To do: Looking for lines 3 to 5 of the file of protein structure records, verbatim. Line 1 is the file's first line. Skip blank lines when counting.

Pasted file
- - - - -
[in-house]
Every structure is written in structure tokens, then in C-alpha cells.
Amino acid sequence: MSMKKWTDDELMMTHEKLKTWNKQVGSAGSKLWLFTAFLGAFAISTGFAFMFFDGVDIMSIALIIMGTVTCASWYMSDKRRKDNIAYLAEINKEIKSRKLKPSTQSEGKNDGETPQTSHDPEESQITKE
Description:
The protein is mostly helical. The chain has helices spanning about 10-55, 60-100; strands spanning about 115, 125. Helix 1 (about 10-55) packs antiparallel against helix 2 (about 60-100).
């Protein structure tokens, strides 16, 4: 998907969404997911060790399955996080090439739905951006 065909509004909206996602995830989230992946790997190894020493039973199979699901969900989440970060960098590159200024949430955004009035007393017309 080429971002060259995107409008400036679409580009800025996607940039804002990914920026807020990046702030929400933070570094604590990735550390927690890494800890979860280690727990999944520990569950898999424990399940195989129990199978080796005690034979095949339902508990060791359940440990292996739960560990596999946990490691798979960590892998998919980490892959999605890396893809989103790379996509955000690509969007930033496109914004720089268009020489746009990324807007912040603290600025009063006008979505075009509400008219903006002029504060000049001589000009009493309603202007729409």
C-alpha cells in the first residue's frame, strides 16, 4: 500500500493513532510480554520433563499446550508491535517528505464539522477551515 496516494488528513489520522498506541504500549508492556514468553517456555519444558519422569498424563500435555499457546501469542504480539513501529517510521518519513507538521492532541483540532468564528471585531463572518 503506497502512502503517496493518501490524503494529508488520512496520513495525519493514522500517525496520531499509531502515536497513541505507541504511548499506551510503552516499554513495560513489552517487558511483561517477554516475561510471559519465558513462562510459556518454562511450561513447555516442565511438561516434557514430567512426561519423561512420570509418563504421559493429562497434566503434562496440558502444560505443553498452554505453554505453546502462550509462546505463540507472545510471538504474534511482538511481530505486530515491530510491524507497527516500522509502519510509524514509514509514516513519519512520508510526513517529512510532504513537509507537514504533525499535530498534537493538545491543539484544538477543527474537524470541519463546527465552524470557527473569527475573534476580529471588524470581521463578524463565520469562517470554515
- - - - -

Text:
Amino acid sequence: MSMKKWTDDELMMTHEKLKTWNKQVGSAGSKLWLFTAFLGAFAISTGFAFMFFDGVDIMSIALIIMGTVTCASWYMSDKRRKDNIAYLAEINKEIKSRKLKPSTQSEGKNDGETPQTSHDPEESQITKE
Description:
The protein is mostly helical. The chain has helices spanning about 10-55, 60-100; strands spanning about 115, 125. Helix 1 (about 10-55) packs antiparallel against helix 2 (about 60-100).